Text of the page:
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Edelman Trust Barometer 2020: A Majority Believe Capitalism is Failing Society and Look to Business Leaders to Drive Social Change

The 2020 Edelman Trust Barometer found that 56 percent of those surveyed believe that capitalism in its current form is now doing more harm than good in the world, and that democracy is becoming a less effective system of government. The survey also found that 57 percent of respondents worry about losing the respect and dignity they once enjoyed in their country. Less than one in three people in developed markets feel that they will be better off in five years. And, 83 percent of employees globally are worried about job loss due to automation, a looming recession, lack of training, cheaper foreign competition, immigration and the gig economy.

More than 70 percent of employees say they want an opportunity to have a positive impact on society, but none of the institutions had a vision for the future that captivated a majority of respondents. Only 35 percent indicated faith in the vision of government or media; 41 percent for business; and 45 percent for NGOs.

Less than half of those surveyed trust the very wealthy or government and religious leaders, but more than half (51 percent) trust CEOs. Additionally, 58 percent believe business is the most trusted institution, taking the lead role in global governance, and 76 percent believe that CEOs need to speak up and lead—up from 65 percent in 2019. They cited equal pay prejudice and discrimination; training for the jobs of tomorrow; the environment; personal data; sexual harassment; and fake news are areas where CEOs can lead.

Business was ranked the highest in terms of competence (delivering on goals), with a 54-point edge over government. However, while government is perceived as incompetent and unethical, it is trusted more than twice as much as business to protect the environment and close the income inequality gap.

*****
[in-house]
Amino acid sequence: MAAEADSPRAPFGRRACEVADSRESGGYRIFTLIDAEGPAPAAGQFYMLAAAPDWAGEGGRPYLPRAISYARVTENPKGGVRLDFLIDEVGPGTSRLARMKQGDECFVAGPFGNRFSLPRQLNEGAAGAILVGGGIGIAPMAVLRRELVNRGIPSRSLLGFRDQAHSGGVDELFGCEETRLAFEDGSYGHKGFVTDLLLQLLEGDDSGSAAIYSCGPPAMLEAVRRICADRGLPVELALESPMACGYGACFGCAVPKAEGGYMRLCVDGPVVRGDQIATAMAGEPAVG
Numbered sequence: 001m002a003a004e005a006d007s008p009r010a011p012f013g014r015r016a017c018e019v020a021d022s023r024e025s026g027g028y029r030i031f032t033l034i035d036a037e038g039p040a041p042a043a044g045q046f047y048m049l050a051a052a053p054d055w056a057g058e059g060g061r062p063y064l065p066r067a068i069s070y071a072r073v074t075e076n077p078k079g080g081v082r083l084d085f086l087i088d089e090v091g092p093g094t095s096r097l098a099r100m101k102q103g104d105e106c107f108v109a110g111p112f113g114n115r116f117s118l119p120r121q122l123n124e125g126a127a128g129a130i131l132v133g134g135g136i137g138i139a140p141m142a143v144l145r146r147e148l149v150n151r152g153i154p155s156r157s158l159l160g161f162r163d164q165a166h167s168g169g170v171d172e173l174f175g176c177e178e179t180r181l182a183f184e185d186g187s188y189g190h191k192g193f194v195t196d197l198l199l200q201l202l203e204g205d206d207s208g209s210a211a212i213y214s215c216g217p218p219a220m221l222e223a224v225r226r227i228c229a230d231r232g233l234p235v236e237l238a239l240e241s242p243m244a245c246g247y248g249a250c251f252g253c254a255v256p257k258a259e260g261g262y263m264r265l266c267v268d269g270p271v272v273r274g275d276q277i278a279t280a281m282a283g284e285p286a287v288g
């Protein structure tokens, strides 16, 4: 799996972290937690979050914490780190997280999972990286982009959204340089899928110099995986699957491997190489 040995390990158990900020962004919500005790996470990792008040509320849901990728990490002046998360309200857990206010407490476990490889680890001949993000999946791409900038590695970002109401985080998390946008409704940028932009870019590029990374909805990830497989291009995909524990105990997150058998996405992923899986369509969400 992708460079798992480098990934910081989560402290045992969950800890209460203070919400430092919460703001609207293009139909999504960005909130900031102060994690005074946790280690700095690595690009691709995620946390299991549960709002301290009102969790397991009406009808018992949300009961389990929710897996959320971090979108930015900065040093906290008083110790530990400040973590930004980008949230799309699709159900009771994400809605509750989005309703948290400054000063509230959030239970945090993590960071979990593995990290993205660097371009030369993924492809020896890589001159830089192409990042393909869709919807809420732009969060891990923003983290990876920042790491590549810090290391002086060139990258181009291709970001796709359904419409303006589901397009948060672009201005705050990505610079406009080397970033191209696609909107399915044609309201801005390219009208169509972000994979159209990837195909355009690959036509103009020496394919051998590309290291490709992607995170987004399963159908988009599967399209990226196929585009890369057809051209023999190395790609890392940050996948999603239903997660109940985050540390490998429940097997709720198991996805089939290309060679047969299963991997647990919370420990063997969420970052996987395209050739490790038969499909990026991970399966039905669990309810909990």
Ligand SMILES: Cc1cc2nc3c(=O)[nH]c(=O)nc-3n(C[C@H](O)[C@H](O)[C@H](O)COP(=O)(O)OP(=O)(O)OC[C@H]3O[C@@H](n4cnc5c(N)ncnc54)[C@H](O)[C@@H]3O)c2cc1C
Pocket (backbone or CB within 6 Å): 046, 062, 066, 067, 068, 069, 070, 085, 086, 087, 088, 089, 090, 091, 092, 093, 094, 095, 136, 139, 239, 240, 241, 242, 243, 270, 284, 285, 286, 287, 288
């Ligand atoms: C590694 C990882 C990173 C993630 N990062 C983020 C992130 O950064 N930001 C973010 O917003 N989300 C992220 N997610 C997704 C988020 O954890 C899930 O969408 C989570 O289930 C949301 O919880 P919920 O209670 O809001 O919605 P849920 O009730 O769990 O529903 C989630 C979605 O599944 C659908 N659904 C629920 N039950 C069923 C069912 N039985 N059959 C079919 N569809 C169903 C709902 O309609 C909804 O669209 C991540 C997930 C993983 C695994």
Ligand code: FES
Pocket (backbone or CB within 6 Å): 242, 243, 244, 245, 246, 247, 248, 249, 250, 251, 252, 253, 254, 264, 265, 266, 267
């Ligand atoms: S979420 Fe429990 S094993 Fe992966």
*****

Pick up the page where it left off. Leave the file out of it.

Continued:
“Business has leapt into the void left by populist and partisan government,” wrote Richard Edelman, CEO of Edelman. “It can no longer be business as usual, with an exclusive focus on shareholder returns. With 73 percent of employees saying they want the opportunity to change society, and nearly two-thirds of consumers identifying themselves as belief-driven buyers, CEOs understand that their mandate has changed.”

This shift in corporate social responsibility is reflected in a new statement of purpose by the Business Roundtable, which committed the CEO signatories to lead their companies for the benefit of all stakeholders—customers, employees, suppliers, communities and shareholders. At the World Economic Forum meeting held this week in Davos, Switzerland, “stakeholder capitalism” is the major theme and aligns with the Sustainable Development Goals (SDGs), which include economic, social, and environmental targets to reach by 2030 agreed by 193 country governments at the UN in 2015.

Salesforce Chairman and Co-CEO Marc Benioff has long advocated for a new capitalism, a stakeholder capitalism in which business leaders to take responsibility for the well-being of all stakeholders and address today’s social and environmental challenges.

In his new book, Trailblazer, Benioff wrote: “As the Fourth Industrial Revolution continues to reshape our lives, it’s no longer an option to do well without doing good. In the face of the inevitable disruption ahead, we need to get to a place of what I call radical trust, where employees and other stakeholders no longer need to demand that companies apply their values for good. Empowered by radical trust, every business can nurture a values-based culture and become a powerful platform for change.

The survey found that 87 percent say that customers, employees, and communities are more important than shareholders to a company’s long-term success.

The 2020 Edelman Trust Barometer surveyed more than 33,000 people across 28 countries. Other findings include:

  • 65 percent believe the pace of technological change is too fast.
  • 76 percent say they worry about fake news being used as a weapon.
  • 57 percent of respondents don’t believe the media does a good job of differentiating opinion and fact.
  • 75 percent of respondents ranked technology as the most trusted sector but it declined four percentage points from the previous year.

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